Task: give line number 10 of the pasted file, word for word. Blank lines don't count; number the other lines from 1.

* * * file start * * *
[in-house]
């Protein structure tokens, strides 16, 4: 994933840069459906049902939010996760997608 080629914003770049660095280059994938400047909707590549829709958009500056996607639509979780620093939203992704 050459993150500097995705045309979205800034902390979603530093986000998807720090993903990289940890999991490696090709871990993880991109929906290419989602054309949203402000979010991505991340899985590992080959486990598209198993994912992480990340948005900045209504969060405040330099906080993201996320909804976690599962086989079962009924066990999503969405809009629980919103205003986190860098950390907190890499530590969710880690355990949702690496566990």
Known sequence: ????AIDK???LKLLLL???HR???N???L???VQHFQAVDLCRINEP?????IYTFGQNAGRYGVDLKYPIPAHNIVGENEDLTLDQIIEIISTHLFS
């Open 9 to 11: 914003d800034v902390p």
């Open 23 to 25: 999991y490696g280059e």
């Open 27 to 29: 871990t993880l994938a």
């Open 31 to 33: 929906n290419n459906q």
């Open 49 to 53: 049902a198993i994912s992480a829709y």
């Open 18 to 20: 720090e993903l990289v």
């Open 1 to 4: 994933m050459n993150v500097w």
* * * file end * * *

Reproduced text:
């Open 1 to 4: 994933m050459n993150v500097w």